Owner Lisa Sullivan, who was on vacation when the fire struck, also owns Bartleby’s Books in Wilmington. "It's the silver lining [in] this disaster," McDaniel observed. "But the loss of business [overall] has been dramatic. The business of selling books in a bricks-and-mortar store is challenging, to say the least. I don't think we could get up and move to a shopping center and expect our following to come with us." McDaniel added that she plans to focus even more on the online side of the business during this transition period.
Despite all the setbacks, the Commons noted that tomorrow the Book Cellar will still host a previously scheduled book signing for Rick Riordan, author of The Kane Chronicles, Book Two: The Throne of Fire, "in the River Garden, a location that was generously offered as an alternative venue."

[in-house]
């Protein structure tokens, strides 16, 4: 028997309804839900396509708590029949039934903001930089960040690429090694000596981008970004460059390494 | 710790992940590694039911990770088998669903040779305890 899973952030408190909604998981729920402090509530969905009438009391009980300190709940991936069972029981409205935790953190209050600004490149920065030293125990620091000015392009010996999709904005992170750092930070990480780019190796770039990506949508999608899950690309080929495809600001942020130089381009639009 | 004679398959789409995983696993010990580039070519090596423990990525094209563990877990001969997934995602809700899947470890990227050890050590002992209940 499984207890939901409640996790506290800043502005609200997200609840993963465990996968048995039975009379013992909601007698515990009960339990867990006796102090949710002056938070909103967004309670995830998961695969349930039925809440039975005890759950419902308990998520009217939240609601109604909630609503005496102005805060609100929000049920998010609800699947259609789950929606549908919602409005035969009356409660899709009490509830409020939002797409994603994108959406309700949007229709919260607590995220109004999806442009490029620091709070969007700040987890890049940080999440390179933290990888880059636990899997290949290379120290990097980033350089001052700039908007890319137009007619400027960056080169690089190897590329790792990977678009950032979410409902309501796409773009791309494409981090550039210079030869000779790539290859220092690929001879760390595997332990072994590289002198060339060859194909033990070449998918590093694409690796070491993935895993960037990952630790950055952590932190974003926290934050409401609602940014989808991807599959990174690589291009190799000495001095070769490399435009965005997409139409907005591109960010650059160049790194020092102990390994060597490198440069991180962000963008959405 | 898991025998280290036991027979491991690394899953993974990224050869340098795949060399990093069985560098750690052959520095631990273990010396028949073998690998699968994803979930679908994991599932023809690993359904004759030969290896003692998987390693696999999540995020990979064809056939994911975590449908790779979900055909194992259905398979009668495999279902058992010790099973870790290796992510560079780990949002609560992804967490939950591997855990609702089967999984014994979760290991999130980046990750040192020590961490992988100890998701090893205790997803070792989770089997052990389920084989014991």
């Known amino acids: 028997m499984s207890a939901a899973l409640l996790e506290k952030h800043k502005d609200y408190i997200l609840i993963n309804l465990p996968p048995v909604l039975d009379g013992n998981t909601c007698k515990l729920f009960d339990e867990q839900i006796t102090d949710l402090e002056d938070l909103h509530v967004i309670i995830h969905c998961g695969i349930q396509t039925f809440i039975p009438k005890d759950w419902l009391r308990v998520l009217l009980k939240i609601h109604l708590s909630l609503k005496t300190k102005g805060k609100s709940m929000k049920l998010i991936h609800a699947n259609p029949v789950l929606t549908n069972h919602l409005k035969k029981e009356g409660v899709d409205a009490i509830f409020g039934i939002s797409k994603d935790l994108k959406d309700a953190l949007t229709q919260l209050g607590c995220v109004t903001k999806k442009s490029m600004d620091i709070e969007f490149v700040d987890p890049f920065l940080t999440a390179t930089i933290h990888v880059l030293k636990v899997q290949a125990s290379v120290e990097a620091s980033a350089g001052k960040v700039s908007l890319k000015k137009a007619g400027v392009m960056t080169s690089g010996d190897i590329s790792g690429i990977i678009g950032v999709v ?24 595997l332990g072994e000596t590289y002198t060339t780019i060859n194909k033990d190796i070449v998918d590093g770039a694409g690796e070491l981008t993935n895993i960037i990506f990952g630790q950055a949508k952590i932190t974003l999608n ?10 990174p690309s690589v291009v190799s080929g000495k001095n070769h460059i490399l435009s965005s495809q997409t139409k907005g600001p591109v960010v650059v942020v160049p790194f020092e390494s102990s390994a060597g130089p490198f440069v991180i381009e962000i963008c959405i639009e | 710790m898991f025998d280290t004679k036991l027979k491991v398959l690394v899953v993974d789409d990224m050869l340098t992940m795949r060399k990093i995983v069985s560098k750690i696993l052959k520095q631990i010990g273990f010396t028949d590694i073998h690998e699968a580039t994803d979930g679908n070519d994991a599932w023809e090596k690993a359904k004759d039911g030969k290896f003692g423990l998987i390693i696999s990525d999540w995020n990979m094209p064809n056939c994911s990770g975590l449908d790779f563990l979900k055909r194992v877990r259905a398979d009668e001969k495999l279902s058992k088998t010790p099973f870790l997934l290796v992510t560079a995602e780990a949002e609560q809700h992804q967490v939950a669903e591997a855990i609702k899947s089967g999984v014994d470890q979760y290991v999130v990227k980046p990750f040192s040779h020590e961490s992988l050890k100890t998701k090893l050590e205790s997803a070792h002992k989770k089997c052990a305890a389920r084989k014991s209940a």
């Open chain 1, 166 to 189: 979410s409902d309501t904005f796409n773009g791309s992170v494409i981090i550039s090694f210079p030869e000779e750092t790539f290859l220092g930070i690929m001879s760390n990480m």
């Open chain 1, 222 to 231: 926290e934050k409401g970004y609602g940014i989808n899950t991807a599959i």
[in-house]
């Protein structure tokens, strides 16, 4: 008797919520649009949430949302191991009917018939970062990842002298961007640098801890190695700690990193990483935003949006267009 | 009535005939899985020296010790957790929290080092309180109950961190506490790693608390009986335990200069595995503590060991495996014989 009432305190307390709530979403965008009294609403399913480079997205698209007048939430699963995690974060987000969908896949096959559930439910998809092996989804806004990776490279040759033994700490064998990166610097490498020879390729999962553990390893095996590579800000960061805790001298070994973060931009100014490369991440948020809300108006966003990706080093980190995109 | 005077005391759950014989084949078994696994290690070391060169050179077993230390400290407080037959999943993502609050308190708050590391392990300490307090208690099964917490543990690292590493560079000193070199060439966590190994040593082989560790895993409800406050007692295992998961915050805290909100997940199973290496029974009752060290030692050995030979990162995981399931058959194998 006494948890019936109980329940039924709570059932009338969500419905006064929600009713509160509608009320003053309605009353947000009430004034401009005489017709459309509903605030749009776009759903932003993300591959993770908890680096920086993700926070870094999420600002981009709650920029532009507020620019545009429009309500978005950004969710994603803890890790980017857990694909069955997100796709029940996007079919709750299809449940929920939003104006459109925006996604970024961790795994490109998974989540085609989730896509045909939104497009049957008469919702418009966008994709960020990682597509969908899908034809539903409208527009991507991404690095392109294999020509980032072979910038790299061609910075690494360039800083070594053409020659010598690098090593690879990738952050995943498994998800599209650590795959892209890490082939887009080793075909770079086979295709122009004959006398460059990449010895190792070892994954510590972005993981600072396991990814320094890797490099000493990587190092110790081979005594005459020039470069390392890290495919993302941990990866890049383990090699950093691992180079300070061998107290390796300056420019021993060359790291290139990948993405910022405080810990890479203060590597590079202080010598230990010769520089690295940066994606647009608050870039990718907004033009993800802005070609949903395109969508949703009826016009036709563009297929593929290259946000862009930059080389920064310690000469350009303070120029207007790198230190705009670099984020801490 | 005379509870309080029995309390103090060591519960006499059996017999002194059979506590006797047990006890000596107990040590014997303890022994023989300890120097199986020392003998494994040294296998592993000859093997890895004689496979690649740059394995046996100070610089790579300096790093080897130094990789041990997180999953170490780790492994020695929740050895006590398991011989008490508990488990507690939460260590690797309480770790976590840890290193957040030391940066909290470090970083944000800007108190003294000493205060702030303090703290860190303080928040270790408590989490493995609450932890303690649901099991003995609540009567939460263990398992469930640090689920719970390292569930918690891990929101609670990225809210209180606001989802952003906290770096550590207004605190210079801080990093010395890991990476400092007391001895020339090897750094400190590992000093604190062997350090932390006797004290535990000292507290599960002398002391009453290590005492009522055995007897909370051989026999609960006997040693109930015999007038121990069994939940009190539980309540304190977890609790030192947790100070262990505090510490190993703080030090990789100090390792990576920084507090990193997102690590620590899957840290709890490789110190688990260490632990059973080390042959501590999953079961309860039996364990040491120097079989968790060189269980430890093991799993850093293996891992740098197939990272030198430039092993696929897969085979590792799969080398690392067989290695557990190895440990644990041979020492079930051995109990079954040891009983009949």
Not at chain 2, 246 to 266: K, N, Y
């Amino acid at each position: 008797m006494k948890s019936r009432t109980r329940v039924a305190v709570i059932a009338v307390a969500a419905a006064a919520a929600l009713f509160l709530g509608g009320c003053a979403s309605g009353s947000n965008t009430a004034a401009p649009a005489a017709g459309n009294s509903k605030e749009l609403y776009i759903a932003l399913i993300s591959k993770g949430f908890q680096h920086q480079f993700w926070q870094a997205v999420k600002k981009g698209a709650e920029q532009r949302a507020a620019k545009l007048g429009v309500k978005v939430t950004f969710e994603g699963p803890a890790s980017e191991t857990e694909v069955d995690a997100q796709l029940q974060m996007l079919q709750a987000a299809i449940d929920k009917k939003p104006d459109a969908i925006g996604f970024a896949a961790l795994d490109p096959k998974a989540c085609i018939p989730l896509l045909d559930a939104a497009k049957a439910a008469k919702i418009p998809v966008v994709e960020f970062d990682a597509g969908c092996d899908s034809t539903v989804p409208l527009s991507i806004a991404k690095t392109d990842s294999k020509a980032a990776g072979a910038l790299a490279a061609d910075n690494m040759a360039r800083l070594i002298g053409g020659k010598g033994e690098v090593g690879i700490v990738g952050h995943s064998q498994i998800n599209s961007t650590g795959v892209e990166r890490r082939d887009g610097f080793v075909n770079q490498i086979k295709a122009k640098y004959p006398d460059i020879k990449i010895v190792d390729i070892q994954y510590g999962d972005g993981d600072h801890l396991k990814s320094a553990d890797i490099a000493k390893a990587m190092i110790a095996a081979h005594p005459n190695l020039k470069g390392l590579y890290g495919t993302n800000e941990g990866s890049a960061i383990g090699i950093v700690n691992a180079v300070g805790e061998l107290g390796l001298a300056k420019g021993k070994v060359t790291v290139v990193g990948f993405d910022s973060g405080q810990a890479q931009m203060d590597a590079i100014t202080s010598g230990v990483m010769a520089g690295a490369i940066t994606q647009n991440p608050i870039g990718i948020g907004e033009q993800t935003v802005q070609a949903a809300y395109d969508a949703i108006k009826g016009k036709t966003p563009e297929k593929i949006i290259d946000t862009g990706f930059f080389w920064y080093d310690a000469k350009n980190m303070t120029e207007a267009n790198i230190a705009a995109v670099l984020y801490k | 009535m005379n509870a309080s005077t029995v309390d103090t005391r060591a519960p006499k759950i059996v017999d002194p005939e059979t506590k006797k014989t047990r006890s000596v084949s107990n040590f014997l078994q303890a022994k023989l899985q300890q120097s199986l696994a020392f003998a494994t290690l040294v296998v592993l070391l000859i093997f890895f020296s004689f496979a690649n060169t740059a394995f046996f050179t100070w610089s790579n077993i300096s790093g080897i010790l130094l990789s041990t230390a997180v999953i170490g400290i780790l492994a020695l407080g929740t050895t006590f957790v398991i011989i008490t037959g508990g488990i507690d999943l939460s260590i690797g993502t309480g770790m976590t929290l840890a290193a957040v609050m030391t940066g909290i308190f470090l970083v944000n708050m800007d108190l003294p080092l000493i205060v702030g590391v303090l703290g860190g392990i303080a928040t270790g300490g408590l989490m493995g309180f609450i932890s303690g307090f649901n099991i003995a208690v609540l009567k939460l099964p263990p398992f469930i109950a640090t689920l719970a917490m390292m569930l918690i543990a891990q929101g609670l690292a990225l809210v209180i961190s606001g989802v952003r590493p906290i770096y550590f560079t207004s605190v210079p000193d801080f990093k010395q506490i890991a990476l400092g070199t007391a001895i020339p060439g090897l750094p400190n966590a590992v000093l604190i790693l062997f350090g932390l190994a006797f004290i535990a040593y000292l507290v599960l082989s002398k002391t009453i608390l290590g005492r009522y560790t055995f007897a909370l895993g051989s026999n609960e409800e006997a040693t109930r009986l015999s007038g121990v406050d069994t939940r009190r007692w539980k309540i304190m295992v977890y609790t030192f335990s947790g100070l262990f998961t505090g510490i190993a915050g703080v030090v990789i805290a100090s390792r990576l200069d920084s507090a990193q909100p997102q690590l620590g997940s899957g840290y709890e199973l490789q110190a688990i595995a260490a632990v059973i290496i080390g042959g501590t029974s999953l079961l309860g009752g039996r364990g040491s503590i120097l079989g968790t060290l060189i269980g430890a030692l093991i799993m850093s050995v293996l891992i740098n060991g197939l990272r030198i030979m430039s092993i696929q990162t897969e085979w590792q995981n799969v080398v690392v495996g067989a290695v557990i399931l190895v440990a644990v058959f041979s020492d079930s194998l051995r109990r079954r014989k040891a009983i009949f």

easy is it to order Google eBooks from an indie bookstore? Even Sparky
the Sock can find just the right "Goooooogly Books," as the latest video treat from Green Apple Books, San Francisco, Calif., demonstrates.
We now present photographic evidence of the "Snooki moment," when Jersey Shore icon and sometime author (or at least an unreasonable facsimile in the form of spray-tanned Jon Scieszka) appeared onstage during awards presentations at Monday night's gala kicking off Children's Book Week (Shelf Awareness, May 3, 2011).